Andrés Fielbaum, Alejandro Tirachini, Javier Alonso-Mora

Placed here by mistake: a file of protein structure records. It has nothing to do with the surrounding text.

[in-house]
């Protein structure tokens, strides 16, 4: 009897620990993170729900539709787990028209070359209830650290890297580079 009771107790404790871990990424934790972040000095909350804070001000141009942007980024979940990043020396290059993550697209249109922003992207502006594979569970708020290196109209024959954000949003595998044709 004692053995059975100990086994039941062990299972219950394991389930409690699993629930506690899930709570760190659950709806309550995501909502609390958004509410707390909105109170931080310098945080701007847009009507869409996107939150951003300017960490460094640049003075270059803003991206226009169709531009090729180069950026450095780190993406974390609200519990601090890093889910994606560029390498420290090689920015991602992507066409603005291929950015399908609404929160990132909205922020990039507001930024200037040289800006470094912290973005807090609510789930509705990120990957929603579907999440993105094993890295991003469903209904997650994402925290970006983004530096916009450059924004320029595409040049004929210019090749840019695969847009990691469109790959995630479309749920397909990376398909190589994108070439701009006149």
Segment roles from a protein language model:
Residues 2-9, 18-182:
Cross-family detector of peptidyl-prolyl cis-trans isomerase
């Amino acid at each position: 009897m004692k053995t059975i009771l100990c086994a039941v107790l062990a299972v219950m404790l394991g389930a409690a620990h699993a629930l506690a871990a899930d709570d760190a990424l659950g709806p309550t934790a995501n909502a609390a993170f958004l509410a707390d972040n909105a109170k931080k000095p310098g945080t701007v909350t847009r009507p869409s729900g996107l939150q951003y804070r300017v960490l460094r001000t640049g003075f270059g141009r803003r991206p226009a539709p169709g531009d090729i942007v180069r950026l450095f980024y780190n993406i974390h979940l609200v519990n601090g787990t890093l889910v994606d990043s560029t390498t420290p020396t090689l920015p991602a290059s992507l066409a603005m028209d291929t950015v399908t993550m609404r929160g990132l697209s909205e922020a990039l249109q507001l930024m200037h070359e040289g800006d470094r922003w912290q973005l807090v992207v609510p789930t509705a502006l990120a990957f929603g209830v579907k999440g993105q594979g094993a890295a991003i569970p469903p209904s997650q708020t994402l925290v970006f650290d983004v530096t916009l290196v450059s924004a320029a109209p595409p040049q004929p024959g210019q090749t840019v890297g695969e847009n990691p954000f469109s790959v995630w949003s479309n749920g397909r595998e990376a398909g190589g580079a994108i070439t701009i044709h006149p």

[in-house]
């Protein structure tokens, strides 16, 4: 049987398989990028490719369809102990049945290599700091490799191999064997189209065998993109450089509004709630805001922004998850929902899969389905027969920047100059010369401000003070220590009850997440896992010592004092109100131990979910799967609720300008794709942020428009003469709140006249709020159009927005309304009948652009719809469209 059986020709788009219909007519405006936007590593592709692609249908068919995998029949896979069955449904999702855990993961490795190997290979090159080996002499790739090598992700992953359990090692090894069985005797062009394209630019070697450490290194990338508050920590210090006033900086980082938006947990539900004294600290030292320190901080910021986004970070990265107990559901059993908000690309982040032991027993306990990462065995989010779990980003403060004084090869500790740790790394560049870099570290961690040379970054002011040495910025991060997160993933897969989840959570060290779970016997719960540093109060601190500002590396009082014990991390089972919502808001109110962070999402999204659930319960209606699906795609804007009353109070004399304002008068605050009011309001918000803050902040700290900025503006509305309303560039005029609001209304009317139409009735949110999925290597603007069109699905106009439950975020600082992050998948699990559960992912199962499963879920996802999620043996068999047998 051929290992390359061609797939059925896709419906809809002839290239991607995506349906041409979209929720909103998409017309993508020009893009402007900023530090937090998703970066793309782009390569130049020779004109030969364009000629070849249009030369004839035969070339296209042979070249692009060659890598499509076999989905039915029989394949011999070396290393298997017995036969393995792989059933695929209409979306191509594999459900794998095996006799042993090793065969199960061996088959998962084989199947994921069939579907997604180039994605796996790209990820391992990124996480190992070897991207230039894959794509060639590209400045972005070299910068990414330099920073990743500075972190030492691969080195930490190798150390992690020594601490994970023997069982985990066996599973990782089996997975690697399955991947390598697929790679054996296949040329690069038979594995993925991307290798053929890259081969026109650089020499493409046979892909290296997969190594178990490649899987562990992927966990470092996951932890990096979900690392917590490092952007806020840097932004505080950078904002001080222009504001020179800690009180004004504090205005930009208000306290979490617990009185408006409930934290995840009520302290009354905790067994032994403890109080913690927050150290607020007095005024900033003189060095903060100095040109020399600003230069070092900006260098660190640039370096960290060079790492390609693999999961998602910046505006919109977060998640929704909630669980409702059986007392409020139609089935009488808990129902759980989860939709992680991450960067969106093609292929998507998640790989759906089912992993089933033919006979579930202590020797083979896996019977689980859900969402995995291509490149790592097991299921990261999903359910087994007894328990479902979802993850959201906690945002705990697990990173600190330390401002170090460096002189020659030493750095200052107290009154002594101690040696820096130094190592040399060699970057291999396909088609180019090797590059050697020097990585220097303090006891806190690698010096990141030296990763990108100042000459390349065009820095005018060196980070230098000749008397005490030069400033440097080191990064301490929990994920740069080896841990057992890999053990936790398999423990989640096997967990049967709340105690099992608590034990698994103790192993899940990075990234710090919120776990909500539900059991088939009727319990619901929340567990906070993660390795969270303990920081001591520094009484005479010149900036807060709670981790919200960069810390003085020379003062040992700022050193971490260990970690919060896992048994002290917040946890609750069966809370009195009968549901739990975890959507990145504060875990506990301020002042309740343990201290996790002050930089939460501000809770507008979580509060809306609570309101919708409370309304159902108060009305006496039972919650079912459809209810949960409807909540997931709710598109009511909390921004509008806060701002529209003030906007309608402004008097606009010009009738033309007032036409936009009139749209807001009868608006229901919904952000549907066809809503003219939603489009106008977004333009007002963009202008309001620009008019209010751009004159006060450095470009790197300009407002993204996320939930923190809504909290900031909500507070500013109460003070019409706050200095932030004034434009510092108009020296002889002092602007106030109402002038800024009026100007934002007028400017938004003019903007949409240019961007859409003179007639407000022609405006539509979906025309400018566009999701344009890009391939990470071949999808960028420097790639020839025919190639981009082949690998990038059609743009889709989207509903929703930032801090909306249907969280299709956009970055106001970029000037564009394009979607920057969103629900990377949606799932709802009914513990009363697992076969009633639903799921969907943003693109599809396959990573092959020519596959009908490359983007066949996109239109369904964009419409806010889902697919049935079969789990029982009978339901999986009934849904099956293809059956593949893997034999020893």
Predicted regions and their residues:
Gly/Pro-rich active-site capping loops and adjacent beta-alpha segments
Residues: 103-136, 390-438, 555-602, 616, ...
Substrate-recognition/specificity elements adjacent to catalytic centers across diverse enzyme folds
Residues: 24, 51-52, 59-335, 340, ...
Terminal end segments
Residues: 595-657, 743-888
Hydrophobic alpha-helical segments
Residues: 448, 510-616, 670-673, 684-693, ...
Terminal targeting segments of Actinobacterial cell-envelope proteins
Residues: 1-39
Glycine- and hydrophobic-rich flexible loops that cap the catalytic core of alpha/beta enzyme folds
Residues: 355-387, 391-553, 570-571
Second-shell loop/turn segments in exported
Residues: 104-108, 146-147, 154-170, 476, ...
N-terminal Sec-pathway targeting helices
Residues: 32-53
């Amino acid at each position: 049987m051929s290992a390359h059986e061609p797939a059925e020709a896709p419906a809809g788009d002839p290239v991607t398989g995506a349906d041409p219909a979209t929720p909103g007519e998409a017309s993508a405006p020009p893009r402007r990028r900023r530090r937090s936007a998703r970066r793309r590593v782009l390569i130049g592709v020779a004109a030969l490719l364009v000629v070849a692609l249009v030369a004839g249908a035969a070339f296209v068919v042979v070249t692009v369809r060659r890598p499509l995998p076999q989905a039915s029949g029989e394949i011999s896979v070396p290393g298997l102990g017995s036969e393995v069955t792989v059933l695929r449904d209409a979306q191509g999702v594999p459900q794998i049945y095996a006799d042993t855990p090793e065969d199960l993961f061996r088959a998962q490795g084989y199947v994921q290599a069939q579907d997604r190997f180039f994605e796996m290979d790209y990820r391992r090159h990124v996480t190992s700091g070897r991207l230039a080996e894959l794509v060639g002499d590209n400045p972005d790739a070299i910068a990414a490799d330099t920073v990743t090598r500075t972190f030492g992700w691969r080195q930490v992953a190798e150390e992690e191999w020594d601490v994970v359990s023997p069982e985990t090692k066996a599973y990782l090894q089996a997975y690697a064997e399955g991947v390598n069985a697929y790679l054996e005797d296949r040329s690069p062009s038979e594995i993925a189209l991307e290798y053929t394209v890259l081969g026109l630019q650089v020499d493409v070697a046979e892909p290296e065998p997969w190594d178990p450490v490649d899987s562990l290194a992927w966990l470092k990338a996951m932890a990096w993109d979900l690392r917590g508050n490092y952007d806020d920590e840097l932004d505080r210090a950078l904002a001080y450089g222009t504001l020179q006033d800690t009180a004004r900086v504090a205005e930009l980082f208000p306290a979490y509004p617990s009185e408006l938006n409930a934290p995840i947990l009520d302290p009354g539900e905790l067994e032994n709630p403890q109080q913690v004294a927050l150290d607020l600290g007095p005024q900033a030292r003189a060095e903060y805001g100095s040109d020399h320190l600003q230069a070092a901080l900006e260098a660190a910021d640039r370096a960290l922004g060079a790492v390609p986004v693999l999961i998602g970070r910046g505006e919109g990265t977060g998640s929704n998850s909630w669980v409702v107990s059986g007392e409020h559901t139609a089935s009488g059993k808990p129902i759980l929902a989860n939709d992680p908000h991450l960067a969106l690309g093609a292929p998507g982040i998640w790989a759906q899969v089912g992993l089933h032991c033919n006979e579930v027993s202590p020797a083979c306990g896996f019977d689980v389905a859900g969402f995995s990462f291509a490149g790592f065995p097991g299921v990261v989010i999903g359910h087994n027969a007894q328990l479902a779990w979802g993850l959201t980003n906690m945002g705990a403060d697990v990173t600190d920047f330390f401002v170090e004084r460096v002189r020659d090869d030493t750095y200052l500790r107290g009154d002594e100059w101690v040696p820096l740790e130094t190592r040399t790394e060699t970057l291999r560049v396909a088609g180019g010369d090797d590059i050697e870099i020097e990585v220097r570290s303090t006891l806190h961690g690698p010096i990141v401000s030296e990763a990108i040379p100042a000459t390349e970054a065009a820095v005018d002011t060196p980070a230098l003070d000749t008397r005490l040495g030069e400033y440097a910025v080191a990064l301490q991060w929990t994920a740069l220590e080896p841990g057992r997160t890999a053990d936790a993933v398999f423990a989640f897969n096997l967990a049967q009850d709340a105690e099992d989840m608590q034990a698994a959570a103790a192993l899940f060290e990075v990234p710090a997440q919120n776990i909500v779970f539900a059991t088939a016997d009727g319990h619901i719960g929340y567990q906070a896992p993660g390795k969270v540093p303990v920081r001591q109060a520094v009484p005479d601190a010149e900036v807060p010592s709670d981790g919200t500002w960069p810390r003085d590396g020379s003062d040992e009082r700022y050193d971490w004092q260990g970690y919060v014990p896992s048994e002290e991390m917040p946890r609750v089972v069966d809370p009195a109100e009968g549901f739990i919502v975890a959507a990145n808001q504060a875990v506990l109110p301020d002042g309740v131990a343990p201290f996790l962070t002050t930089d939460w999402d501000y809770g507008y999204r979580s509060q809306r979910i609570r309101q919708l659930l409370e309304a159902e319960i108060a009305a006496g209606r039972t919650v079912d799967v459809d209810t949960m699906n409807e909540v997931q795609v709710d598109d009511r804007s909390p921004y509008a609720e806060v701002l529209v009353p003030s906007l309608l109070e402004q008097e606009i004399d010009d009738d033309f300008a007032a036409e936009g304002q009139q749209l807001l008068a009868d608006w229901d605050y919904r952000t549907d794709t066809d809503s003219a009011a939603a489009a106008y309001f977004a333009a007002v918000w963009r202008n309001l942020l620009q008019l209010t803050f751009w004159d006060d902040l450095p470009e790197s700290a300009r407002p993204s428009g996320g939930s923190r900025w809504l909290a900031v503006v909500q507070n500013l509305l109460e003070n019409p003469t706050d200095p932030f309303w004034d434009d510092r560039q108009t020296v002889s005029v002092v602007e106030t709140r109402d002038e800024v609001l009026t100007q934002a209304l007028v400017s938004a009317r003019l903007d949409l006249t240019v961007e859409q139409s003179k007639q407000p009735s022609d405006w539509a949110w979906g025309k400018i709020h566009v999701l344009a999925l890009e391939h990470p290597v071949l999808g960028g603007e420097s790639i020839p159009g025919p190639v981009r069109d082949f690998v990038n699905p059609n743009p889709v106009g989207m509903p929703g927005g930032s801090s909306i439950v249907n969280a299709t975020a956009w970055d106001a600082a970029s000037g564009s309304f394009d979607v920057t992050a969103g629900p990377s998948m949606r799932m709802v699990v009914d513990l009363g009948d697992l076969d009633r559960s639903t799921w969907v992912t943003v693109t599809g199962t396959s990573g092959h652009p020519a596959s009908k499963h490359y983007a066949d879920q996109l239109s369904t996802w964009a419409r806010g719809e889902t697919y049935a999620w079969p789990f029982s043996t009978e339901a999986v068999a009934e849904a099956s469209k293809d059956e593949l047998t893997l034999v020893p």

We analyse the sources of economies and diseconomies of scale in On-Demand Ridepooling (ODRP), disentangling three effects: when demand grows, average costs are reduced due to i) a larger fleet that diminishes waiting and walking times (Mohring Effect), and ii) matching users with more similar routes (Better-matching Effect). A counter-balance force (Extra-detour Effect), occurs when iii) the number of passengers per vehicle increases and users face longer detours. At low demand levels, there is little sharing and the Mohring effect prevails; as demand grows, more passengers per vehicle push for the Extra-detour Effect to dominate; eventually, vehicles run at capacity, and the Better-matching Effect prevails. The last two effects are specific to ODRP as the routes are not fixed but adapted online. Our simulations show that considering both users’ and operators’ costs, scale economies prevail, and that ODRP with human-driven vehicles and walks allowed has total costs similar to door-to-door systems with driverless vehicles.